However, there is something that distinguishes environmental services from other services. They are not “provided” by a person or company, they are simply “supplied” by nature, and at no charge. The defenders of environmental services point to the example of forests which, due to their dense vegetation, are able to “store” and “produce” the environmental service of water, which, in turn, guarantees the supply of water for an indigenous community living in the forest or a small village nearby. This seems to imply the transformation of nature into some sort of “water factory”! And as we will see later, there are many corporate interests linked to this process.

U.S. biologist Gretchen Daily, a proponent of the idea of environmental services, defines them as “the conditions and processes through which natural ecosystems, and the species that make them up, sustain and fulfil human life.” She argues that environmental services guarantee the biodiversity of ecosystems and result in “goods” such as timber, food and medicinal plants which, in turn, are transformed into products essential for human life (3).

Other authors (4), from Europe and the United States, refer to “environmental functions”, not thinking solely in terms of “services provided” to human beings but rather essential “functions” for the maintenance of life on the planet, such as:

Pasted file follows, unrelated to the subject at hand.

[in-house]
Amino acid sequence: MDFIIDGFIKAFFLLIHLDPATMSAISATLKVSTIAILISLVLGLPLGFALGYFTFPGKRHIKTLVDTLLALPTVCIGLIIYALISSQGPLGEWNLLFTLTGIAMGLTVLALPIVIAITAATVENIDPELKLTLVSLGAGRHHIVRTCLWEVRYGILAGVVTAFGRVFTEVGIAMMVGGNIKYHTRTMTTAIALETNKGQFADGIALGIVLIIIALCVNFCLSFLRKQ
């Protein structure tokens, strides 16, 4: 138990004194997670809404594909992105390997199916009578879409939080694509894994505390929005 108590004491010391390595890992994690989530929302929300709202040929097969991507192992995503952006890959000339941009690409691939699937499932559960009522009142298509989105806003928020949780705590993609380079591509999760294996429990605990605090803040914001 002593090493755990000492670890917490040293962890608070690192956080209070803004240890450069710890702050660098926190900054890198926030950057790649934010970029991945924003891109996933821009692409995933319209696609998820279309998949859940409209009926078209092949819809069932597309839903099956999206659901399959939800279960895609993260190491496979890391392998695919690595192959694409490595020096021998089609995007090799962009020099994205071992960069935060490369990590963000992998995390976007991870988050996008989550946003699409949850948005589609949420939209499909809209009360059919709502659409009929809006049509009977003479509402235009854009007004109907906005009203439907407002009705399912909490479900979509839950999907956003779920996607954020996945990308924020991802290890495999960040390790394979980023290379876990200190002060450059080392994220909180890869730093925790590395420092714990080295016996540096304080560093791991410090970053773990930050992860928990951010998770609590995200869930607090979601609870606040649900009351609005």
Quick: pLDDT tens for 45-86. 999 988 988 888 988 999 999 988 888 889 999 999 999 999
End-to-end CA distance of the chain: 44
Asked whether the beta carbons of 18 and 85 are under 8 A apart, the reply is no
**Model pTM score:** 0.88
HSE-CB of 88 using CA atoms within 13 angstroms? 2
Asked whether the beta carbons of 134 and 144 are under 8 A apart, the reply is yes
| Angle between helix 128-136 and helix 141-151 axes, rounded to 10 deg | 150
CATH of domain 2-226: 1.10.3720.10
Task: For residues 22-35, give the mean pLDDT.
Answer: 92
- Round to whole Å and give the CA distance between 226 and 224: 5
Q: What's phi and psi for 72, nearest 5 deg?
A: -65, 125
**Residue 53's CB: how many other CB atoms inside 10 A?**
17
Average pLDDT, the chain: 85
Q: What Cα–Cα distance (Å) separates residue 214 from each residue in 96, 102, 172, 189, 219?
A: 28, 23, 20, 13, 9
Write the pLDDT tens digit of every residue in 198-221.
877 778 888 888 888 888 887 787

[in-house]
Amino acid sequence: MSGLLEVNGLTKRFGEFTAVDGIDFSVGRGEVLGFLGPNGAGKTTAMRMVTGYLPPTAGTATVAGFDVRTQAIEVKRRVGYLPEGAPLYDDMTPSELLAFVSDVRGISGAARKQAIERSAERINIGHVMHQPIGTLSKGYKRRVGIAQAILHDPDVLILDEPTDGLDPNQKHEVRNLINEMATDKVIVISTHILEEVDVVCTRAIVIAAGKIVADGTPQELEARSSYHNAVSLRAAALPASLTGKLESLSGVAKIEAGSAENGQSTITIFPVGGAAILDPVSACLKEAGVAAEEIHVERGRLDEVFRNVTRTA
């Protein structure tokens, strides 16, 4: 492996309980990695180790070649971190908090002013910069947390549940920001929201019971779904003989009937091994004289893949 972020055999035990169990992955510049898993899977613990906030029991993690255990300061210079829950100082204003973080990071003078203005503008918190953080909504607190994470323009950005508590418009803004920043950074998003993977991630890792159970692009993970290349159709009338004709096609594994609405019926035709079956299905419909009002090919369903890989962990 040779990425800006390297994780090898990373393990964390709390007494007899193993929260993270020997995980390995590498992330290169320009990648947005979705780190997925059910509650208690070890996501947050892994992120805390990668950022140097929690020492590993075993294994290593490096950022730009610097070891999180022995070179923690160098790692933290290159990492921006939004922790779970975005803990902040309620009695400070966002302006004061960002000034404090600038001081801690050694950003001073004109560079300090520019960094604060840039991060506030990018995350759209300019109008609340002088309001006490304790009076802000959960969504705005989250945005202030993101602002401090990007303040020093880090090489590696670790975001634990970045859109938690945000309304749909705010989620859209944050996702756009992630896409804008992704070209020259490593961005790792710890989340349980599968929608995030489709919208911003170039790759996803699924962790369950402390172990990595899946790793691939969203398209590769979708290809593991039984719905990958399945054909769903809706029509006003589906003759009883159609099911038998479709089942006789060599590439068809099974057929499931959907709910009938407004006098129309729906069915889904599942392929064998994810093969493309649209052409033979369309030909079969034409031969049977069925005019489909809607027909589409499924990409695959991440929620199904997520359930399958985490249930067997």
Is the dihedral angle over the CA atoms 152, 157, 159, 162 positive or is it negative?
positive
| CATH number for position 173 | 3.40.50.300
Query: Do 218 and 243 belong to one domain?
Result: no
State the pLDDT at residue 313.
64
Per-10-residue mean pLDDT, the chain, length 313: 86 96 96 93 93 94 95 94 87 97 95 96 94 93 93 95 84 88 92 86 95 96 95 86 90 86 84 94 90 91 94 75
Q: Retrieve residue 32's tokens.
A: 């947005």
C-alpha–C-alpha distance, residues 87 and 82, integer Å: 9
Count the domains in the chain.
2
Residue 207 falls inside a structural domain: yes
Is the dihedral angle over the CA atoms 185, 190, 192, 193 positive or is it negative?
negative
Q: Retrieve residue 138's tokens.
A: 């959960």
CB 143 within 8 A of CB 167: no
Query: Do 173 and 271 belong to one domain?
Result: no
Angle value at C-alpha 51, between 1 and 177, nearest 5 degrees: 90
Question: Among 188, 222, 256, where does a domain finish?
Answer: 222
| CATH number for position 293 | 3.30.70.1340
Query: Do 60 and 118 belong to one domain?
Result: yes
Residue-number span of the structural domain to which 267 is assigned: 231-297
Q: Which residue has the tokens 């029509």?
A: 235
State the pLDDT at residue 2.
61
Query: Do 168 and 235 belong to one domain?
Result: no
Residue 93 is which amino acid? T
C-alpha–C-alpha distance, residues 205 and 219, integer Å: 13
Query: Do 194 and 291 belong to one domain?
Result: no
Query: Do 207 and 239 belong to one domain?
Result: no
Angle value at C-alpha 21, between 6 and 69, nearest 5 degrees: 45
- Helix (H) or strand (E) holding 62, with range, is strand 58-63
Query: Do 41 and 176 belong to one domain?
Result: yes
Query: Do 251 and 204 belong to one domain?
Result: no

- Regulation functions: These refer to the capacity of ecosystems to regulate essential ecological processes and life support systems These functions supply many beneficial services directly or indirectly to human beings, such as clean water and air, fertile soil and biological pest control.
- Habitat functions: These are related to the function of natural ecosystems in providing shelter and the conditions for reproduction to wild plants and animals, thus contributing to the maintenance of biological and genetic diversity.
- Productive functions: Natural processes of growth, absorption of carbon dioxide (CO2) and nutrients from the soil, and production of biomass, resulting in many different foods, raw materials for many different uses, and sources of energy for communities.
- Information functions and others that include opportunities for reflection, spiritual enrichment and recreation.

Payments for environmental services means that someone pays a certain amount of money, a price, for a certain environmental service that is provided. Obviously, nature – for example, a forest that “stores” and “produces” water – does not have a bank account where it can receive money in exchange for “providing” this “service”. And this is why defenders of the idea of environmental services maintain that there needs to be someone or some institution that can receive the payment, always on the condition that they are the “owner” of the forest in question, and also someone prepared to buy the service in question, thus creating the basis for trade in environmental services.

Although there are many other ecosystems aside from forests, such as savannahs, natural grasslands and oceans, forests are without a doubt the main ecosystem targeted in projects involving payment for and trade in environmental services, as demonstrated by proponents of the idea. This is due to the forests’ tremendous wealth of biodiversity and, as a result, the large number of “services provided”, such as the conservation of water and the absorption and storage of carbon, among others.

Within these forests, there are hundreds and thousands of people, forest peoples, who completely depend on them for their physical and cultural survival. A woman from the community of Katobo, located in the forest in the Walikali territory of the Democratic Republic of Congo (DRC), describes what the forest means to her in this way: